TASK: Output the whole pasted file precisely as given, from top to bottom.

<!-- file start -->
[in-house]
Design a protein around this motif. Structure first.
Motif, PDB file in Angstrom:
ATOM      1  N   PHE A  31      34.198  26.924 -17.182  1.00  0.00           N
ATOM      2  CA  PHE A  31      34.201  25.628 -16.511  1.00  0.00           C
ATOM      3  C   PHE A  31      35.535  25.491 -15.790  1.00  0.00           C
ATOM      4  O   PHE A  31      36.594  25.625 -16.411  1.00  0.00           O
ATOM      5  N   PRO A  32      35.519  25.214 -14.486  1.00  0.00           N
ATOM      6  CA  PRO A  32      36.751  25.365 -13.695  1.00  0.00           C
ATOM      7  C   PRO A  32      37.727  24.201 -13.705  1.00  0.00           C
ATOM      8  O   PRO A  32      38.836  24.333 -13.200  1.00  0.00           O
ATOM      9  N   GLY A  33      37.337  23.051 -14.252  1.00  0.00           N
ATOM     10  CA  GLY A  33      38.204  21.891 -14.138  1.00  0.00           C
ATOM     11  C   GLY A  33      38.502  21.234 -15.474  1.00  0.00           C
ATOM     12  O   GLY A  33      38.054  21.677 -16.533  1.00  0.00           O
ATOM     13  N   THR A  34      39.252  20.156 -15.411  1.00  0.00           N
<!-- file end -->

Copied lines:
[in-house]
Design a protein around this motif. Structure first.
Motif, PDB file in Angstrom:
ATOM      1  N   PHE A  31      34.198  26.924 -17.182  1.00  0.00           N
ATOM      2  CA  PHE A  31      34.201  25.628 -16.511  1.00  0.00           C
ATOM      3  C   PHE A  31      35.535  25.491 -15.790  1.00  0.00           C
ATOM      4  O   PHE A  31      36.594  25.625 -16.411  1.00  0.00           O
ATOM      5  N   PRO A  32      35.519  25.214 -14.486  1.00  0.00           N
ATOM      6  CA  PRO A  32      36.751  25.365 -13.695  1.00  0.00           C
ATOM      7  C   PRO A  32      37.727  24.201 -13.705  1.00  0.00           C
ATOM      8  O   PRO A  32      38.836  24.333 -13.200  1.00  0.00           O
ATOM      9  N   GLY A  33      37.337  23.051 -14.252  1.00  0.00           N
ATOM     10  CA  GLY A  33      38.204  21.891 -14.138  1.00  0.00           C
ATOM     11  C   GLY A  33      38.502  21.234 -15.474  1.00  0.00           C
ATOM     12  O   GLY A  33      38.054  21.677 -16.533  1.00  0.00           O
ATOM     13  N   THR A  34      39.252  20.156 -15.411  1.00  0.00           N